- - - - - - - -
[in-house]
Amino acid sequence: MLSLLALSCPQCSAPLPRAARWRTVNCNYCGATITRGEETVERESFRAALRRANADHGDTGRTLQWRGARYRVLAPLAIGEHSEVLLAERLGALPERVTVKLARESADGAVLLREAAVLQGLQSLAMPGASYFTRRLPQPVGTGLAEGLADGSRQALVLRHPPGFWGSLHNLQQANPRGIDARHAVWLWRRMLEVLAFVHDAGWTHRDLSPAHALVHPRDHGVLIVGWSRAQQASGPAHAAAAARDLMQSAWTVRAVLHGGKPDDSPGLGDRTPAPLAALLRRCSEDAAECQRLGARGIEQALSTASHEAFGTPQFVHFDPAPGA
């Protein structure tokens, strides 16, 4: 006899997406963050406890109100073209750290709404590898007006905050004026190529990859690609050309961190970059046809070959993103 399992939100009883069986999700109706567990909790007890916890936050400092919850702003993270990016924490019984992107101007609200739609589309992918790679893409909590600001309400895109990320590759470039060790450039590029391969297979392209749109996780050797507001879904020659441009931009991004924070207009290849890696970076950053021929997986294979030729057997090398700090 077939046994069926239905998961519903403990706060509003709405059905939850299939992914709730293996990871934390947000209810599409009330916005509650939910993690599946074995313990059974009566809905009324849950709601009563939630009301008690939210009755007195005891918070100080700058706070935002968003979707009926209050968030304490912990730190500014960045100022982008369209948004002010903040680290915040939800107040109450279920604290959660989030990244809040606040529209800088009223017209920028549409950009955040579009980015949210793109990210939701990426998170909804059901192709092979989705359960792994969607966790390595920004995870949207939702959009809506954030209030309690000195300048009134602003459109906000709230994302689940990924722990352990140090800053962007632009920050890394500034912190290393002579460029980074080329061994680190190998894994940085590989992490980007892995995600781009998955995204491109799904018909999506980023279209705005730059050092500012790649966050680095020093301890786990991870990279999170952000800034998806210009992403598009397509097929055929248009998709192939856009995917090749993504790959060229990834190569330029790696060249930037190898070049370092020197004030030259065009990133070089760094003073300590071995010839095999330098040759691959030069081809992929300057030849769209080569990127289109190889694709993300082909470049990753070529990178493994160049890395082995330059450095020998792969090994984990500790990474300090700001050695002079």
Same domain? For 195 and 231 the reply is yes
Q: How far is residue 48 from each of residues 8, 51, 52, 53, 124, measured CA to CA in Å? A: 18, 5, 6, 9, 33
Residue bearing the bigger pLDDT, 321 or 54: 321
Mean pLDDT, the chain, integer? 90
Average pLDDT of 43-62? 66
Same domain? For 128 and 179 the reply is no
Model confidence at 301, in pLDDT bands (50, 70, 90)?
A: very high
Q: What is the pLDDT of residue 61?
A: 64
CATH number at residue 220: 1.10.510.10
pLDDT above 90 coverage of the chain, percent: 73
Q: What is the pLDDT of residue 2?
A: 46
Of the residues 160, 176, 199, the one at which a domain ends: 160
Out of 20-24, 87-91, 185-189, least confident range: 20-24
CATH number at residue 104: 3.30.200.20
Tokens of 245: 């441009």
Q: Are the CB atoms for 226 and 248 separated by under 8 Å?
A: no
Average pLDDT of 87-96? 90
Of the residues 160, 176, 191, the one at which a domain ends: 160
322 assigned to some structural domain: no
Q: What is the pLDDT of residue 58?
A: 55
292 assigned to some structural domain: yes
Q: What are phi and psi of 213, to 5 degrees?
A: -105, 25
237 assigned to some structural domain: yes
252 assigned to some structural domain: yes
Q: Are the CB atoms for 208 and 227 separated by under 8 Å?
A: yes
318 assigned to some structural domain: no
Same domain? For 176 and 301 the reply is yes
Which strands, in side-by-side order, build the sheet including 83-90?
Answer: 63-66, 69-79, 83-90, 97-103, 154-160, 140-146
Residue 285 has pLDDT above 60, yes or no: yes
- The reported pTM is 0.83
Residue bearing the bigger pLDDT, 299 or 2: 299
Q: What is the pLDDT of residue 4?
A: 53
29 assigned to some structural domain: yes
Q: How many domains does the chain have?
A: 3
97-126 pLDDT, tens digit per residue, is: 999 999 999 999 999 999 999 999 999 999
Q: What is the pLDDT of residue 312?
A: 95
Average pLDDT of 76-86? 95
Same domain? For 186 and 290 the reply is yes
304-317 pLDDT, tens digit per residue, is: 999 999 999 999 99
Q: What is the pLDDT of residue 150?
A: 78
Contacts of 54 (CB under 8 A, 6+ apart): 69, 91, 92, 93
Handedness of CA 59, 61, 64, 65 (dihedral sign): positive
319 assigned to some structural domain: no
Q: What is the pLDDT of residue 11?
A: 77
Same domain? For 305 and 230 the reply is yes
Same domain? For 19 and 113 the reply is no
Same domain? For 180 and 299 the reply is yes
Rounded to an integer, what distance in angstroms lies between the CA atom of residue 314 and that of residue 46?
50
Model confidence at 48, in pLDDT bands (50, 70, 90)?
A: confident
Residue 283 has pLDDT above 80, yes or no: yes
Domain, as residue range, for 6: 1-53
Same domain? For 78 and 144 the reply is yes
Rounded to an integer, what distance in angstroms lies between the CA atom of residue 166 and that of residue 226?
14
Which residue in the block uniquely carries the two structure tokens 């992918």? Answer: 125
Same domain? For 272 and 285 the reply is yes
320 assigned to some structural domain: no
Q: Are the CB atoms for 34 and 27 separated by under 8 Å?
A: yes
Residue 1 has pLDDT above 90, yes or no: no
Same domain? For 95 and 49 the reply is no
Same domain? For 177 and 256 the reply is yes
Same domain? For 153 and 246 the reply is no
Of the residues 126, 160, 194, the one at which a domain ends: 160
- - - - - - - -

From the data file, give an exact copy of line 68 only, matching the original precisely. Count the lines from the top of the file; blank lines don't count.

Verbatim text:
Residue 283 has pLDDT above 80, yes or no: yes